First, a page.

Training Zones

First off, I made in error in my last post. I am utilizing a Garmin 500 on my bike, not a Garmin 405 (that is what I use for running). Additionally, I forgot to mention that immediately prior to the FTP test I weighed in at 159.4 lbs. Now, this time round I would like to determine my training zones that I will utilize for the next 2.5 months. First, I should mention that my first encounter with the scientific basis of training came when my friend Gary Hutchinson introduced me to the book Jack Daniels' Running Formula. I now look at everything related to training through that lens. In Daniels' book he claims there are basically four paces in running (one more when prepping for a marathon). First is EASY, which is “59-74% of Vo2Max.” From my experience, EASY pace is not all that fact, I only had one week this year where I was able to hit the EASY pace for all of my easy runs. EASY is much different then joy running or active recovery jogging. The second pace is THRESHOLD, which is “85-88% of Vo2Max.” For an adult, this is approximately the maximum pace you can hold for an hour. Third is INTERVAL, which is “95-100% of Vo2Max.” If you're an adult in decent shape, this is approximately the maximum pace you can hold for 5 kilometres. Forth is REPETITION, which is considerably faster than INTERVAL. For a distance runner, this is about one notch under an all-out sprint.

I mention this because Coggan's seven zones most closely resemble this- and so I think I may be partial to his training philosophy. As a side note, I think Coggan's zones (listed in the link) better depict running than does Daniels' zones. For instance, if Daniels' included Coggan's Zone 7, he could perhaps change the subtitle of his book to “Proven programs 100m to the marathon.” Anyways, Coggan's zones are what I use in bike training.

In order to calculate what your zones are all you need is your FTP and a calculator. The first zone is ACTIVE RECOVERY, which he defines to be any wattage less than 55% of your FTP. My FTP is 387w, so: .55 x 387 = 213w. Therefore, I am riding at ACTIVE RECOVERY pace anytime I am below 213w. The second zone is ENDURANCE, which is defined to be 56-75% of FTP. For me that would be: .56 x 387 = 216 and .75 x 387 = 290. You'll notice that there is a gap between the high end of ACTIVE RECOVERY (213w) and the low end of ENDURANCE (216w). This would have been eliminated if I had kept more decimal points in my FTP, but for my purposes I am cool with just rounding the low end of ENDURANCE pace down to bridge the gap i.e. I am riding at ENDURANCE pace when I am between 214w and 290w. The third zone is TEMPO and is defined as 76-90% of FTP. For me this is 291-348w. The fourth zone is LACTATE THRESHOLD, which is defined as 91-105% of FTP. For me this is 349-406w. The fifth zone is VO2MAX, which is defined as 106-120% FTP. For me this is 407-464w. The sixth zone is ANAEROBIC CAPACITY, which is defined as 121-150% of FTP. For me this is 465-581w. The seventh zone is NEUROMUSCULAR POWER, which is undefined in Coggan and Allen's book, but I define as all-out.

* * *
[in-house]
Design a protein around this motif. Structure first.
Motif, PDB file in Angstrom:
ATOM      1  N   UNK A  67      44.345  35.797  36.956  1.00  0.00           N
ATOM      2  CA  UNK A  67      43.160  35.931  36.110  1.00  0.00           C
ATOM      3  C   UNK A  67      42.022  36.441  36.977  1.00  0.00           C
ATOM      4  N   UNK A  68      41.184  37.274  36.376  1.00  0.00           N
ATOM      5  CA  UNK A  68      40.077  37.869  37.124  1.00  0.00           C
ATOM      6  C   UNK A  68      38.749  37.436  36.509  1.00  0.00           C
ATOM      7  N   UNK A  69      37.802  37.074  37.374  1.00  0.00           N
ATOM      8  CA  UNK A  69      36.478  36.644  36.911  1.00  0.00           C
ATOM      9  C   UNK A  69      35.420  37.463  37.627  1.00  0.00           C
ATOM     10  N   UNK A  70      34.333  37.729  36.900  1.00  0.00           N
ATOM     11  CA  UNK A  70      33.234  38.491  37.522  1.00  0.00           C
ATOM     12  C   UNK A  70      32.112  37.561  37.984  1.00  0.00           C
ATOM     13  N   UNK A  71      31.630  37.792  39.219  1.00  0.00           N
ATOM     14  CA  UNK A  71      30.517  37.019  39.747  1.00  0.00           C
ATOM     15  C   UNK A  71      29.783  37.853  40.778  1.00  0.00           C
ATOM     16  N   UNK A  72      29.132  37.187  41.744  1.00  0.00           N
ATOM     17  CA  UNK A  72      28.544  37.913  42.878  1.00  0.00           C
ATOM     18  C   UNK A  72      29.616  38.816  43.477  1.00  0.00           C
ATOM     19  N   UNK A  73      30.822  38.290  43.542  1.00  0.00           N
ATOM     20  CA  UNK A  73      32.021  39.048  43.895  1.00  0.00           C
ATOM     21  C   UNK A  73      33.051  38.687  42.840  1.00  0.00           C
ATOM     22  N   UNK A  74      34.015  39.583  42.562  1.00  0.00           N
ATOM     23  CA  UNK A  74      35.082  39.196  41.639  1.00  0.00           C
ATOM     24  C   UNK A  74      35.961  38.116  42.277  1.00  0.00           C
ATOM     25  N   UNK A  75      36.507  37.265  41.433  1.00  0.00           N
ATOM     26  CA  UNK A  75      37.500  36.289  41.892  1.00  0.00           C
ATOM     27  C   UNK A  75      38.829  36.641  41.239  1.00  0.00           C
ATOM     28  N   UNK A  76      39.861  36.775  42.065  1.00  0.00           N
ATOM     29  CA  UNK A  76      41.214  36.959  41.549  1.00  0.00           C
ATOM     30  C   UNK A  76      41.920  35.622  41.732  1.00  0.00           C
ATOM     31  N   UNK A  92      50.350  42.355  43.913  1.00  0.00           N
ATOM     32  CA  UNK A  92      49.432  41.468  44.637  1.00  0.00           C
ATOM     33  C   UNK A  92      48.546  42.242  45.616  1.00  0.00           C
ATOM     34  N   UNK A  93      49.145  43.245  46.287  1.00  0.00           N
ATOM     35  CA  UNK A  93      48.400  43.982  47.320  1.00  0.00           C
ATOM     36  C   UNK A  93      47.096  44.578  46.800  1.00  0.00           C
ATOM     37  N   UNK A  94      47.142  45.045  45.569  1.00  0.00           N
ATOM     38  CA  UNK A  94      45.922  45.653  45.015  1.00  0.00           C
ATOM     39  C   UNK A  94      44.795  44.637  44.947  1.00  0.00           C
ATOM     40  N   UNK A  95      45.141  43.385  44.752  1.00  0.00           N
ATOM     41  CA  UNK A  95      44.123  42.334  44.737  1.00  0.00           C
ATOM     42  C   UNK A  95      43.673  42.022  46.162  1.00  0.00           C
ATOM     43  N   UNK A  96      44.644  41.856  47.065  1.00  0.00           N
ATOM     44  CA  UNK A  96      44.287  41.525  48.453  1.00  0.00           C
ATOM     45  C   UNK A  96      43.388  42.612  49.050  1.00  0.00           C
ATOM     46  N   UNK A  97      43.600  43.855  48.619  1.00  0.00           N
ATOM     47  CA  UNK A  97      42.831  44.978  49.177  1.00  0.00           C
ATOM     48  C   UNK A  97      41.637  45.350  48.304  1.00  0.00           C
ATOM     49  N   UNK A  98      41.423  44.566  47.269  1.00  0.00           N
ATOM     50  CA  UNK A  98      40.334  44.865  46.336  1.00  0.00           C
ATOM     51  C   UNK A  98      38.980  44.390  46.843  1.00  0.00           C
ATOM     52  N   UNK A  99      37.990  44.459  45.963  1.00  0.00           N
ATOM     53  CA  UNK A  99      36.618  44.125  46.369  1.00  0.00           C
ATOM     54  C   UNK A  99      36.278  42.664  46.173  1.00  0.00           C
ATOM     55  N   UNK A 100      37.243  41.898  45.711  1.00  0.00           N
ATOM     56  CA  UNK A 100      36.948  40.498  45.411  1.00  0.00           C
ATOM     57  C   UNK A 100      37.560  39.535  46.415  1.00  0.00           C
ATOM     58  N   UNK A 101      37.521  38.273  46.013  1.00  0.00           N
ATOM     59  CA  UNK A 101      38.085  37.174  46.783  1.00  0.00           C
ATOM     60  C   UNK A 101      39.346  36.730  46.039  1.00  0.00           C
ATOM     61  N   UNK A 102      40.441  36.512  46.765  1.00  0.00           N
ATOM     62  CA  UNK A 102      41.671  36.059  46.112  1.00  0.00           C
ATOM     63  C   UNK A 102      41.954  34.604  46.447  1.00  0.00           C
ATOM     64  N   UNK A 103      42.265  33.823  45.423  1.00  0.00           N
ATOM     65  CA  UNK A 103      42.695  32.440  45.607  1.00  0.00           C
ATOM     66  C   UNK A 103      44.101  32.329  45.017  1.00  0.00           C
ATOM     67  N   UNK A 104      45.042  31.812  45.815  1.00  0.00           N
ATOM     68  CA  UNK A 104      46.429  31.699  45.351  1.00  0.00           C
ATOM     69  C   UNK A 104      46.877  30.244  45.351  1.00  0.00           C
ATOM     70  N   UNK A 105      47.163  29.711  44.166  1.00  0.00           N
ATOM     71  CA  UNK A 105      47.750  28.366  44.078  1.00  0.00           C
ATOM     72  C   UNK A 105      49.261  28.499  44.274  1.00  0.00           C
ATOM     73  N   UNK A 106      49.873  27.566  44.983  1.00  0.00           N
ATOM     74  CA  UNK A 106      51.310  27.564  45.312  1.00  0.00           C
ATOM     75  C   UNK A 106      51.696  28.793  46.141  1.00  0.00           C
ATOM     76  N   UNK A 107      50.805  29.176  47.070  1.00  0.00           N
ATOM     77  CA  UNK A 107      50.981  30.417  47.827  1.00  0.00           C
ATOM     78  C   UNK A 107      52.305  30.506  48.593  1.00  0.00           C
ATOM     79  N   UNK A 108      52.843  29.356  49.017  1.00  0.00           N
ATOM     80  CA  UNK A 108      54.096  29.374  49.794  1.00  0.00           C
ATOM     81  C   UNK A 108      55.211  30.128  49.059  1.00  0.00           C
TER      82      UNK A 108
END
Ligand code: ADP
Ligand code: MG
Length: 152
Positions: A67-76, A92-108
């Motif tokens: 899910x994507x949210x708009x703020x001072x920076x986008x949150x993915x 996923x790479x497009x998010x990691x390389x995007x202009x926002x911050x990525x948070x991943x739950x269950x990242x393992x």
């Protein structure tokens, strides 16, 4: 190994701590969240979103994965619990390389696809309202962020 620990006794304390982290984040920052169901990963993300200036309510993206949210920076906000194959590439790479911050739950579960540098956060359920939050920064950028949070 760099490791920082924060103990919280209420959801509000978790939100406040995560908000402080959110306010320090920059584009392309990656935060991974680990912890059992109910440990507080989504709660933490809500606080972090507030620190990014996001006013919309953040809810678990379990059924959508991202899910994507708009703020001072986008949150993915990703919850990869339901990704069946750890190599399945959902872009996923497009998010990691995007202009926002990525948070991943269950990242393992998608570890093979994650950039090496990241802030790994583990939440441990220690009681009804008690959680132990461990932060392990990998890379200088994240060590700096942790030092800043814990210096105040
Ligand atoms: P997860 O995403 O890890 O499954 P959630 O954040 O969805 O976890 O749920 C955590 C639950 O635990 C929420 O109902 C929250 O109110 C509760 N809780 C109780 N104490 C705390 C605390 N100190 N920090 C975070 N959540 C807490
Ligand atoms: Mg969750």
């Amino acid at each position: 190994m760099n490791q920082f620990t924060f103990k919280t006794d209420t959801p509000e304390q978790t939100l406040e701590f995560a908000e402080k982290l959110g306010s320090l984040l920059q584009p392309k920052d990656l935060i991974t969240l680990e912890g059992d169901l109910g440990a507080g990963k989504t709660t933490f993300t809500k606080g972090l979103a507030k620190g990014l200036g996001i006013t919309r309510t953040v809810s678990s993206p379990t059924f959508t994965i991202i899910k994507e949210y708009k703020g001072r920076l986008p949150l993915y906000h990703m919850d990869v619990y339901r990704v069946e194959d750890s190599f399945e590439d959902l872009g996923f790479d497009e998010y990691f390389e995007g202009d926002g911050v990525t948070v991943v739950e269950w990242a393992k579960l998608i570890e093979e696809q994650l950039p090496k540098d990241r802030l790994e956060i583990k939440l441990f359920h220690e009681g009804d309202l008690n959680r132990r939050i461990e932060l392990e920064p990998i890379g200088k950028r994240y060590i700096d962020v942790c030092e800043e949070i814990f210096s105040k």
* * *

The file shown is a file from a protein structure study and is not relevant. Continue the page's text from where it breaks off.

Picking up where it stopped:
I find it helpful to have at least a slight mental image of what is going on physiologically when you are training in each zone. As a wise-man once told me: “you need to train deliberately and purposefully.” Thus, I often refer to the chart explaining the adaptations which occur while training in each zone (found in Training and Racing with a Power Meter) before I begin a workout (a different chart with the same explanations can be found at the bottom of the page this sentence is hyperlinked to). These zones will become your new best friend, so I suggest converting them into a chart and printing several copies. I prefer to write by hand than to type, so here is a scan of the chart I made with my training zones:

Scan of Training Zone Wattages

In my next post I will explain my logic for the first block in the first phase of my bike training. This phase will last three weeks and started last Tuesday with the FTP test. I will quickly follow this with another post explaining my first workout on the CompuTrainer and the difficulties I experienced. I will say, that once the difficulties have been resolved (i.e. you achieve a certain level of competency with the CompuTrainer) it is singly the most amazing biking tool I have encountered. I now totally see why and how CompuTrainer offers a Performance Improvement Guarantee.

By the way, check out this sick set up (shout out to my girlfriend for letting me turn our one bedroom apartment into a bachelor pad with a training studio):

Shot of Projctor Screen